One problem is that this is not what was foreshadowed by the first book. What we understand from Fifth Business is that David grew up in a dysfunctional household and later became an alcoholic, and there are no signs that this has affected him adversely as you read his book, which I thought was disappointing and ridiculous in the beginning (it turns out he’s a gentleman-alcoholic). But as you get further into the book, you see that while the domestic situation didn’t turn David into a serial killer or moody pessimist, it does influence his philosophy in life, and we the reader understands that what happened in his childhood severely limits how much he is able to live and experience life. Half a lifetime of shutting out emotions and dealing with drama has conditioned David to disconnect socially, hence his inclination towards the career of law, and his outward appearance of being unable to feel.
The rest of the cast are diverse and complimentary to David’s story. One of the themes of the novel is that it is possible to have more than one father in life. Father and son is a relationship that is defined by mentoring, love, guidance, and teaching by example what it means to be a man. In this respect David does indeed have more than one father in the forms of the homosexual and caring priest, Knopwood, the rational and calculating Professor Pargetter, and the enigmatic and family friend Dunstan Ramsay. He has a love/hate relationship with his sister, Caroline, and the family nurse, Netty, is a source of comedy and old-fashioned charm. Liesl and Eisengrim also make a return appearance, and they continue their mysteriously charming personas from the first book. We learn a little bit more about Liesl, but I’m guessing we won’t see the whole picture until the third and final book of this series.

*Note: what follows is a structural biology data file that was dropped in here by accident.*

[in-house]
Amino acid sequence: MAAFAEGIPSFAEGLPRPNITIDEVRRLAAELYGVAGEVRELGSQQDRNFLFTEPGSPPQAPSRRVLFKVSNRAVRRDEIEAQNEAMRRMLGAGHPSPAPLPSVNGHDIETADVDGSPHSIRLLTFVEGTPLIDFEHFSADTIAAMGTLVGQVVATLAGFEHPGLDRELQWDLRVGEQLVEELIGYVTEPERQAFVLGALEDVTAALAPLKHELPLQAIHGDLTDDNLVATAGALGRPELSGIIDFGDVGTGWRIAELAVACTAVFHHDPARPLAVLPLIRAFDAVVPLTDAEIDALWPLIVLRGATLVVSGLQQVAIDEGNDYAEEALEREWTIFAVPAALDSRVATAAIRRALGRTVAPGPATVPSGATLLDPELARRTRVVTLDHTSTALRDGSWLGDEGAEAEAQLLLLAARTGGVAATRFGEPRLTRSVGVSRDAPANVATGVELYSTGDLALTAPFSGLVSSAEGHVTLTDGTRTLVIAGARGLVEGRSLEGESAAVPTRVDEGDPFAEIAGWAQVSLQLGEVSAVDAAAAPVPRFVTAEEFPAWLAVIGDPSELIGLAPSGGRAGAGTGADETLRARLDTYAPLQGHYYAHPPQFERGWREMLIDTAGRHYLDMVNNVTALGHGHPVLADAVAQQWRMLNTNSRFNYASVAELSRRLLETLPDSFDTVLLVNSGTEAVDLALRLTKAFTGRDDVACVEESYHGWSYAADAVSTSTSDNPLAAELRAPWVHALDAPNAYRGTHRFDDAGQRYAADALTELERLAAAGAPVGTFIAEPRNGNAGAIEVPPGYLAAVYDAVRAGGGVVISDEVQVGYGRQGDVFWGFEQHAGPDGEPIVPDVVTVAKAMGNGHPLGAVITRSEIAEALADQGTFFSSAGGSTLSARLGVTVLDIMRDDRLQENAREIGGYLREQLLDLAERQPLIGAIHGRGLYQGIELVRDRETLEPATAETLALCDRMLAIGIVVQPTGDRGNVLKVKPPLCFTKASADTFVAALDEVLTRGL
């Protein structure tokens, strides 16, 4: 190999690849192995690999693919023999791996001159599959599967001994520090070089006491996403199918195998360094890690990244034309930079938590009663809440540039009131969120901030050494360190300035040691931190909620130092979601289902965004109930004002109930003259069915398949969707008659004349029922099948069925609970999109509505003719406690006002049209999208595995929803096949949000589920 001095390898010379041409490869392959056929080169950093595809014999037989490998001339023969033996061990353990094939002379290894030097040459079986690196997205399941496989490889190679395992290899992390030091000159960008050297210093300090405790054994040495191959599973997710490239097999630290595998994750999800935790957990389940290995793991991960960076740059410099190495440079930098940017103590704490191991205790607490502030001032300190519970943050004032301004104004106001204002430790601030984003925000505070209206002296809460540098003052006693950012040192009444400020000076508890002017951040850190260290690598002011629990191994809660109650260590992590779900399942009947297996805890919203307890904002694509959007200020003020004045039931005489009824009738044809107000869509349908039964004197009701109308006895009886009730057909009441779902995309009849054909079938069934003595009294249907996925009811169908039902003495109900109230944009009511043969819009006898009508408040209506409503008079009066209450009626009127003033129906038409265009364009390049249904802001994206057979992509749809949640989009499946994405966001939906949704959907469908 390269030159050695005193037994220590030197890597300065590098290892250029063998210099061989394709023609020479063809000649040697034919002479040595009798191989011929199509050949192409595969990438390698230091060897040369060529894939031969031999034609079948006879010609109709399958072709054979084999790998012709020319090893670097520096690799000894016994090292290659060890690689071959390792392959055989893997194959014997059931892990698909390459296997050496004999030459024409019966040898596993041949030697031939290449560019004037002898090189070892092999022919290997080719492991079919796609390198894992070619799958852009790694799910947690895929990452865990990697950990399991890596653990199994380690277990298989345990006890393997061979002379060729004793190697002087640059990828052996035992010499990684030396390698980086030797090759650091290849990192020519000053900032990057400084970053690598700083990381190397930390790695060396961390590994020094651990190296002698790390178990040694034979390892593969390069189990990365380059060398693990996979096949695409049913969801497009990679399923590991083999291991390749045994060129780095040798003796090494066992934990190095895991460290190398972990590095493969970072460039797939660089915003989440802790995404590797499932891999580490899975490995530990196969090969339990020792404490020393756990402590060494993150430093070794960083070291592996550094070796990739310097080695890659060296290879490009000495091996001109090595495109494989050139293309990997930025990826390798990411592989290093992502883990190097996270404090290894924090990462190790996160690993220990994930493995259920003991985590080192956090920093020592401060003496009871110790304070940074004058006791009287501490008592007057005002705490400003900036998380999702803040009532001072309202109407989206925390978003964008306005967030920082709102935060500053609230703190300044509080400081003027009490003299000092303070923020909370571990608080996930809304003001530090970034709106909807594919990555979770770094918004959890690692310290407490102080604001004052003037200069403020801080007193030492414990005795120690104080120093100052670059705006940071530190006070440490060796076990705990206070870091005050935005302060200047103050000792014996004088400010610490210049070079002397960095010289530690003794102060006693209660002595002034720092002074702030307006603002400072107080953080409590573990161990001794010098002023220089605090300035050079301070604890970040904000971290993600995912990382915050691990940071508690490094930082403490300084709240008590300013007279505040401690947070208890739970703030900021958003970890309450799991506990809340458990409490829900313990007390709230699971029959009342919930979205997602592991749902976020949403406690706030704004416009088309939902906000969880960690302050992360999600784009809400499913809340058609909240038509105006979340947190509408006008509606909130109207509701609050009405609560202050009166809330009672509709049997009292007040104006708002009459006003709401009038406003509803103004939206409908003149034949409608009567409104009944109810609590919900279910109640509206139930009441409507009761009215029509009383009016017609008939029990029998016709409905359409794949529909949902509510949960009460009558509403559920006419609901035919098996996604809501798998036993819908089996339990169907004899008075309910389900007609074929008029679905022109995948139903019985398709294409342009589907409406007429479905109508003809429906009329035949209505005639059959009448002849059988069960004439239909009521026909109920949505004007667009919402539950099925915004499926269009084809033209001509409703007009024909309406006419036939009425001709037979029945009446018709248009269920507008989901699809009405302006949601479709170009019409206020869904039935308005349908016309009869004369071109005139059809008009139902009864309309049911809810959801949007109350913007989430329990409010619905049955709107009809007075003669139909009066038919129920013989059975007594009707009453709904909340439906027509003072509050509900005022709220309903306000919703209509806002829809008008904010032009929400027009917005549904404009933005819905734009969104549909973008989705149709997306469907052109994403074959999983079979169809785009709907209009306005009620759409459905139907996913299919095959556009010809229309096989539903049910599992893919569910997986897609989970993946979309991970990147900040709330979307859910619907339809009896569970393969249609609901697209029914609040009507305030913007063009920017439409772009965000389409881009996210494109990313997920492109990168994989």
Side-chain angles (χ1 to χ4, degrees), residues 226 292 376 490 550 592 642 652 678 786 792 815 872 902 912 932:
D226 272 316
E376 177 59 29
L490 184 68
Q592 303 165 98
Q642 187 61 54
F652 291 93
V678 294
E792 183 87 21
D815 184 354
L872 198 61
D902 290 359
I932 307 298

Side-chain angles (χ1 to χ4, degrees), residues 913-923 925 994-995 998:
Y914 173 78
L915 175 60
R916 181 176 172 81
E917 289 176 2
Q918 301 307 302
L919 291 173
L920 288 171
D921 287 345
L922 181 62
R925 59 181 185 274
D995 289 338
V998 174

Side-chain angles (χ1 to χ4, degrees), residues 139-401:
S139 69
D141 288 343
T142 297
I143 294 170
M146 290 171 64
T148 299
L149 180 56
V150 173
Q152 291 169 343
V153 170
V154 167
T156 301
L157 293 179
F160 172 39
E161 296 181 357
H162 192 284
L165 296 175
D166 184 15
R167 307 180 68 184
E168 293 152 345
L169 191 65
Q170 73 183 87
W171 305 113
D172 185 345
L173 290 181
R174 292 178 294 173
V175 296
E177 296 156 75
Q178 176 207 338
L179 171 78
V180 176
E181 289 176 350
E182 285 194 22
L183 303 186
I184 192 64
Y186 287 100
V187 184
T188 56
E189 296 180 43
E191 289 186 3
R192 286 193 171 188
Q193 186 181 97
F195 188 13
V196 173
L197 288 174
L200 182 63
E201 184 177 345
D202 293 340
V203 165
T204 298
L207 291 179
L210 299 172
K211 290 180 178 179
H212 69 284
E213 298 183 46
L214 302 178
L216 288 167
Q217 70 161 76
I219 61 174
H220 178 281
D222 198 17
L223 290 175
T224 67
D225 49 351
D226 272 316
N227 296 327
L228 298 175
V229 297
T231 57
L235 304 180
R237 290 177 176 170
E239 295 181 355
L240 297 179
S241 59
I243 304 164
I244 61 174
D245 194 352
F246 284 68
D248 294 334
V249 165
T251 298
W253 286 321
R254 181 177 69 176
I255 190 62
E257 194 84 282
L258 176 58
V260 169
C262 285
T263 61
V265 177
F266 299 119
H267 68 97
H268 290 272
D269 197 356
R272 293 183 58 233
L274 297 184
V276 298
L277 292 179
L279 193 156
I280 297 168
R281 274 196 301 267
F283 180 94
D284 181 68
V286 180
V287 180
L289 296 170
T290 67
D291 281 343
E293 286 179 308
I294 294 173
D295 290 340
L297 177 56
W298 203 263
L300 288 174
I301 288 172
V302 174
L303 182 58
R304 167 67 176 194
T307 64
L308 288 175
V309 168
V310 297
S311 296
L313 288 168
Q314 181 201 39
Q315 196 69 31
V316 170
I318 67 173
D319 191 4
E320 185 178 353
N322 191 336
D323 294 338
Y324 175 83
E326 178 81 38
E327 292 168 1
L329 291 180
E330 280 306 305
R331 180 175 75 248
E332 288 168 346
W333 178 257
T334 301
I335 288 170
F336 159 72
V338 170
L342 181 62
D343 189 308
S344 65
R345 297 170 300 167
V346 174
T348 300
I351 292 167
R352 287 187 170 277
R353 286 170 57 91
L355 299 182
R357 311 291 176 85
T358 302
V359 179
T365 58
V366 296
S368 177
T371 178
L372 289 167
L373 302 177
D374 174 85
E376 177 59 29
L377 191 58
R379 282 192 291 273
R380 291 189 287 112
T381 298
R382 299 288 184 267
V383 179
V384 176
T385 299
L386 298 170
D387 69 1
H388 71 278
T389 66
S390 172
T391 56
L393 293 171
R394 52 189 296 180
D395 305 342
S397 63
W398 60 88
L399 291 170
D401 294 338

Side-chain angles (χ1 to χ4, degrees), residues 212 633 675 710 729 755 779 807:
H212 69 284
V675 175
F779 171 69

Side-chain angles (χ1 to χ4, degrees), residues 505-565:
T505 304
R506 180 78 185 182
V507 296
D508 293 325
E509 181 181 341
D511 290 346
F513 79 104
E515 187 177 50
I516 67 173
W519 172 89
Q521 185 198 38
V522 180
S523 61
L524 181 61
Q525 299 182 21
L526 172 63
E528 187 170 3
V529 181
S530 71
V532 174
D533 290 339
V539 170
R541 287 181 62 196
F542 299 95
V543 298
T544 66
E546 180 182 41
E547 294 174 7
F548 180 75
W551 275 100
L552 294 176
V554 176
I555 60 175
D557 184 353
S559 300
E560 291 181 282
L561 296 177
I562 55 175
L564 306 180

One can tell from the way this story is told that the author prefers first person past tense. Like Fifth Business, the story is told through one character recounting his entire life, and the style is well executed.
It gives Davies the chance to be witty, reflective, and philosophical. The context, after all, is that the character is going through psychiatry sessions, and the point is to analyze his life to find out who he is. Taking full advantage of the scenario, the author uses satire and inflection to comment on life and relationships in general. Although our lives won’t match up with David’s point for point, the observations are broad enough for most of us to relate to. We’ve all experienced unrequited love, we’ve all been disappointed in our parents at one point or another, and we’ve all had moments in our lives where we ask “what the hell am I gonna do?”. In The Manticore, David is the avatar, and as with all conflict, drama, and trouble in general, it is usually safer and more entertaining to watch someone else go through life.
This book isn’t for everyone. It’s more so a book of inflection and questioning, rather than adventure and daring. David uses the events in the book to find out more about himself and the people around him, rather than have them compel him to overt action. This is a good book if you like character development and intricate relationships, but bad if you want something happening on every page. The book is well written with clear and expressive language, but the psychological self-analysis might not appeal to everybody.
I personally enjoyed it as an extension of Fifth Business. Although I will be taking a break, the review of the final book, A World of Wonders, will be forthcoming in the future.
This has been a gamobo review. Thanks for reading.